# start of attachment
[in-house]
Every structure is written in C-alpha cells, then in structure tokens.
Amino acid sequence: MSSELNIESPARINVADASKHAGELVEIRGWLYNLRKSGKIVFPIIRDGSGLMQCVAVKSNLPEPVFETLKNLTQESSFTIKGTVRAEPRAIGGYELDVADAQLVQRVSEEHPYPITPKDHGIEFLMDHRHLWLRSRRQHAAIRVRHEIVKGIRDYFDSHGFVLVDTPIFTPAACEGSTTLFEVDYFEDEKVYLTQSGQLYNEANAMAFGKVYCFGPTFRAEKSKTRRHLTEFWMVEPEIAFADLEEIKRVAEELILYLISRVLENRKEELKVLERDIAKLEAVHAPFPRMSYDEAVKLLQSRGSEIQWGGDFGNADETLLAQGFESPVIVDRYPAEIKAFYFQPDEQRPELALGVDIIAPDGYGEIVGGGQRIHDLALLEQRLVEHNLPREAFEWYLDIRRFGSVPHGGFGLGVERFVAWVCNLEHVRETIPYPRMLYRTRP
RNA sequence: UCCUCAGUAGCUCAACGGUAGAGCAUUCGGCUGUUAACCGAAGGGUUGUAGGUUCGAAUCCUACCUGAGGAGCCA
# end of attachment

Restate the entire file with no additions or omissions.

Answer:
[in-house]
Every structure is written in C-alpha cells, then in structure tokens.
Amino acid sequence: MSSELNIESPARINVADASKHAGELVEIRGWLYNLRKSGKIVFPIIRDGSGLMQCVAVKSNLPEPVFETLKNLTQESSFTIKGTVRAEPRAIGGYELDVADAQLVQRVSEEHPYPITPKDHGIEFLMDHRHLWLRSRRQHAAIRVRHEIVKGIRDYFDSHGFVLVDTPIFTPAACEGSTTLFEVDYFEDEKVYLTQSGQLYNEANAMAFGKVYCFGPTFRAEKSKTRRHLTEFWMVEPEIAFADLEEIKRVAEELILYLISRVLENRKEELKVLERDIAKLEAVHAPFPRMSYDEAVKLLQSRGSEIQWGGDFGNADETLLAQGFESPVIVDRYPAEIKAFYFQPDEQRPELALGVDIIAPDGYGEIVGGGQRIHDLALLEQRLVEHNLPREAFEWYLDIRRFGSVPHGGFGLGVERFVAWVCNLEHVRETIPYPRMLYRTRP
RNA sequence: UCCUCAGUAGCUCAACGGUAGAGCAUUCGGCUGUUAACCGAAGGGUUGUAGGUUCGAAUCCUACCUGAGGAGCCA